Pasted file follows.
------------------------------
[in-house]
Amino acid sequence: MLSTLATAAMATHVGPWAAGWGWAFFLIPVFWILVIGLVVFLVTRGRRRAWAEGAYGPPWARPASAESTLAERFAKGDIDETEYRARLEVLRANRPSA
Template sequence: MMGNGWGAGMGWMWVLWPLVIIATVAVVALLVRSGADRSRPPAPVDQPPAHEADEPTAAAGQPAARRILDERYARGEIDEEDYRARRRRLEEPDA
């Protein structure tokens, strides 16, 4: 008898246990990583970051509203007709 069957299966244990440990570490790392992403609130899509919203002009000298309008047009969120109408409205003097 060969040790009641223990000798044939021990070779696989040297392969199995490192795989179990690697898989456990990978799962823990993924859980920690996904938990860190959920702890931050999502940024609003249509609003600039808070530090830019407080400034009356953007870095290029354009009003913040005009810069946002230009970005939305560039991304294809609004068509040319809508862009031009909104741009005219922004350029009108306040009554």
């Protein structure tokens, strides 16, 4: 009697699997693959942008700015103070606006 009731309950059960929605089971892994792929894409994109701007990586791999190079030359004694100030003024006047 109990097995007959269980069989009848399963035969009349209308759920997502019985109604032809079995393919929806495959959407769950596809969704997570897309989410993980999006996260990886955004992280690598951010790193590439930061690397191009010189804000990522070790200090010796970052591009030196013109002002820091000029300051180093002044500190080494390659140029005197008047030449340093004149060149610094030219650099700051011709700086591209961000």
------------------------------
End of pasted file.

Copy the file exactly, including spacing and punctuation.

[in-house]
Amino acid sequence: MLSTLATAAMATHVGPWAAGWGWAFFLIPVFWILVIGLVVFLVTRGRRRAWAEGAYGPPWARPASAESTLAERFAKGDIDETEYRARLEVLRANRPSA
Template sequence: MMGNGWGAGMGWMWVLWPLVIIATVAVVALLVRSGADRSRPPAPVDQPPAHEADEPTAAAGQPAARRILDERYARGEIDEEDYRARRRRLEEPDA
């Protein structure tokens, strides 16, 4: 008898246990990583970051509203007709 069957299966244990440990570490790392992403609130899509919203002009000298309008047009969120109408409205003097 060969040790009641223990000798044939021990070779696989040297392969199995490192795989179990690697898989456990990978799962823990993924859980920690996904938990860190959920702890931050999502940024609003249509609003600039808070530090830019407080400034009356953007870095290029354009009003913040005009810069946002230009970005939305560039991304294809609004068509040319809508862009031009909104741009005219922004350029009108306040009554």
């Protein structure tokens, strides 16, 4: 009697699997693959942008700015103070606006 009731309950059960929605089971892994792929894409994109701007990586791999190079030359004694100030003024006047 109990097995007959269980069989009848399963035969009349209308759920997502019985109604032809079995393919929806495959959407769950596809969704997570897309989410993980999006996260990886955004992280690598951010790193590439930061690397191009010189804000990522070790200090010796970052591009030196013109002002820091000029300051180093002044500190080494390659140029005197008047030449340093004149060149610094030219650099700051011709700086591209961000």